It’s been 70 years since „Little Boy” destroyed 90% of Hiroshima. Then-president Harry Truman hoped that it would speed up a surrender of Japan. He was right, Japan capitulated. But it was a Pyrrhic victory.
The U.S. bomb, „Little Boy,” the first nuclear weapon used in war, killed 140 000 people. A „black rain” of radioactive particles followed the blinding blast and fireball, and has been linked to higher rates of cancer and other radiation-related diseases among the survivors. A second bomb, „Fat Man”, dropped over Nagasaki three days later, killed another 70 000. Then-president Harry Truman hoped that it would speed up a surrender of Japan in World War II before the Soviets got into the war on Pacific. He was right, Japan capitulated. But it was Pyrrhic victory.
I believe there are places that should be visited at least once in a lifetime, such as Auschwitz-Birkenau or Hiroshima Peace Memorial Park. Of course after such visit you won’t say that „you had a great time” there, but it will make you understand things that can’t be learnt at school, from books or movies, if you don’t see them for yourself. Life’s not only about „beautiful” and „funny” things (I hope it was!). Sometimes you need to be sad, shocked or angry to get this extremely important lesson about an awful history of the mankind.
There are dozens of monuments in and around Peace Memorial Park.
Let me show you just a few of them.
Before the bombing, the area of the Peace Park was the political and commercial heart of Hiroshima, called Nakajima. At the time of the atomic bombing, about 6,500 people lived in the district.
The A-Bomb Dome, also known as the Hiroshima Peace Memorial, is what remains of the former Prefectural Industrial Promotion Hall.
Between the Museum and the A-Bomb Dome is the Cenotaph for the A-Bomb Victims. The Cenotaph is a tomb for those who died because of the bomb. It resembles an ancient arch-shaped house that shelters the souls of the victims. The monument is inscribed with the words, „Let all the souls here rest in peace, for we shall not repeat the evil”.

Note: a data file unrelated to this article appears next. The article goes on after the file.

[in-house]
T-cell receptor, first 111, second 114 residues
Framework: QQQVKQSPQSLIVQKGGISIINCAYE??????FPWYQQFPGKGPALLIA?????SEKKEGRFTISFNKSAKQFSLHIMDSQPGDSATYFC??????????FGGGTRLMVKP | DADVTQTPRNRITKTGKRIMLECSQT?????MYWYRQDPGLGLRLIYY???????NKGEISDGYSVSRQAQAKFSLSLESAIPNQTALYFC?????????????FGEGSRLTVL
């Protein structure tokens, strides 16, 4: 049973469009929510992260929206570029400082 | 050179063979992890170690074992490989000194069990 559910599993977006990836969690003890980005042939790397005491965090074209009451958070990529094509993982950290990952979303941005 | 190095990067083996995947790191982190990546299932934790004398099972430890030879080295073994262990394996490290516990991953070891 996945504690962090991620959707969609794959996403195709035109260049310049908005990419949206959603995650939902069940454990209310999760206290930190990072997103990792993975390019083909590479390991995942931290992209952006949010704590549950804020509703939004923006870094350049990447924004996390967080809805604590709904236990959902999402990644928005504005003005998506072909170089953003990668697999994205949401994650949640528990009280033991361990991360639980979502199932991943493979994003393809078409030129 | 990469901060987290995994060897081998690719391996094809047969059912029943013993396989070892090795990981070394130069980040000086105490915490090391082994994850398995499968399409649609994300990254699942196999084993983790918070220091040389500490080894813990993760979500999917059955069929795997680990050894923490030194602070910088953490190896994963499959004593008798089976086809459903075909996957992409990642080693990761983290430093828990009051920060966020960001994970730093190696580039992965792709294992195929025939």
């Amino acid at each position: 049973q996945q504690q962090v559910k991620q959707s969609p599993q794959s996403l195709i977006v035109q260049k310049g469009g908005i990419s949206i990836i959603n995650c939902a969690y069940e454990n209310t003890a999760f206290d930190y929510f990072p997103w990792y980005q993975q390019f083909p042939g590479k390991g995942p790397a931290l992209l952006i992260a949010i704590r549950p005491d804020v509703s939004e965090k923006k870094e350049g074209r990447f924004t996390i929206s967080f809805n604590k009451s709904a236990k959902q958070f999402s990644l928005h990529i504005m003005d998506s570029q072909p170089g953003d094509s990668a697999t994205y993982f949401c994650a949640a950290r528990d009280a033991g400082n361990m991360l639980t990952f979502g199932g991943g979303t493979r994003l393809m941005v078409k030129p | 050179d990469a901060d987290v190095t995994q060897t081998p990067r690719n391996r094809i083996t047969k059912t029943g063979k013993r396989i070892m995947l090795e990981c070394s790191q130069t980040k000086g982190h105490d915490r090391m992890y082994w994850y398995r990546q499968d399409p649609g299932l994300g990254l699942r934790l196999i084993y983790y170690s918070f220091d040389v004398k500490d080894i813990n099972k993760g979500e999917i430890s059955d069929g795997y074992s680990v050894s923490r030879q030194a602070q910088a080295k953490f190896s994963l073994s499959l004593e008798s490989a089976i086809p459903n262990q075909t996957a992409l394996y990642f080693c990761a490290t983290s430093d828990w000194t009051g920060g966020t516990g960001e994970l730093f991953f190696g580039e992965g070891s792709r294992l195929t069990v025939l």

The Peace Flame. The shape of pedestal suggests two hands pressed together at the wrist with the palms pointing up to the sky. It expresses condolence for victims unable to satisfy their thirst for water, as well as the desire for nuclear abolition and enduring world peace. The flame has burned continuously since 1964, and will remain lit until all nuclear bombs on the planet are destroyed (it’s not going to happen I’m afraid).
(Hidden underground) Hall of Remembrance (Peace Memorial Hall for the Atomic Bomb Victims) is a place for paying a tribute to the A-bomb victims and contemplating about peace. The wall is a panorama that recreates a view of the A-bombed city as seen from the former site of the Shima Hospital (the hypocenter).
The park’s main facility is the Peace Memorial Museum. It displays the models of Hiroshima before and after the A-bombing, documentary movies, photos and exhibitions. The visitors can view and listen to testimonies of A-bombing survivors, and write their impressions and messages for peace in a special book.
Phoenix Trees that survived exposition to the A-bomb. These trees stood in the courtyard of the Hiroshima Post and Telecommunications Bureau, about 1.3 kilometers from the hypocenter. They took the full force of the heat ray and blast, losing all of their branches and leaves. Although the trees appeared to be dead, their branches put out buds the following spring…
My visit in Hiroshima reminds me of one well-know truth – that we should never take peace for granted…
How to get to the Peace Memorial Park?
It’s easy. Take a tram no. 2 or 6 from the Hiroshima Main Station to Genbaku-Domu mae station (160 yen, 15 minutes). You will get off in front of the A-Bomb Dome.
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